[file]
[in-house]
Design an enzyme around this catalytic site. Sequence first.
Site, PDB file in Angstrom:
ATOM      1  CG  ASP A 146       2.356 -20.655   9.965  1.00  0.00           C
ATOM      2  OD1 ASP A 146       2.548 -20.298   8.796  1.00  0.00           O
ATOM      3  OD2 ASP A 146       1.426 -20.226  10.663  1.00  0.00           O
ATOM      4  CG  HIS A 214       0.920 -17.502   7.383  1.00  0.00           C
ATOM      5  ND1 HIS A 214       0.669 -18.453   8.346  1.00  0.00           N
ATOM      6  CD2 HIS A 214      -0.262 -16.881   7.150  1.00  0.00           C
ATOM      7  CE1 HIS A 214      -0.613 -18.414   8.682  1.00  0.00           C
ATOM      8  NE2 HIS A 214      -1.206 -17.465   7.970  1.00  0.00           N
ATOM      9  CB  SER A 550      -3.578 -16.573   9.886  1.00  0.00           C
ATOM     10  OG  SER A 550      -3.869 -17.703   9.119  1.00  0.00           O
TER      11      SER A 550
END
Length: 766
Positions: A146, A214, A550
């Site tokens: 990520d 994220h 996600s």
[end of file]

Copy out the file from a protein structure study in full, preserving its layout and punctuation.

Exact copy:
[in-house]
Design an enzyme around this catalytic site. Sequence first.
Site, PDB file in Angstrom:
ATOM      1  CG  ASP A 146       2.356 -20.655   9.965  1.00  0.00           C
ATOM      2  OD1 ASP A 146       2.548 -20.298   8.796  1.00  0.00           O
ATOM      3  OD2 ASP A 146       1.426 -20.226  10.663  1.00  0.00           O
ATOM      4  CG  HIS A 214       0.920 -17.502   7.383  1.00  0.00           C
ATOM      5  ND1 HIS A 214       0.669 -18.453   8.346  1.00  0.00           N
ATOM      6  CD2 HIS A 214      -0.262 -16.881   7.150  1.00  0.00           C
ATOM      7  CE1 HIS A 214      -0.613 -18.414   8.682  1.00  0.00           C
ATOM      8  NE2 HIS A 214      -1.206 -17.465   7.970  1.00  0.00           N
ATOM      9  CB  SER A 550      -3.578 -16.573   9.886  1.00  0.00           C
ATOM     10  OG  SER A 550      -3.869 -17.703   9.119  1.00  0.00           O
TER      11      SER A 550
END
Length: 766
Positions: A146, A214, A550
């Site tokens: 990520d 994220h 996600s």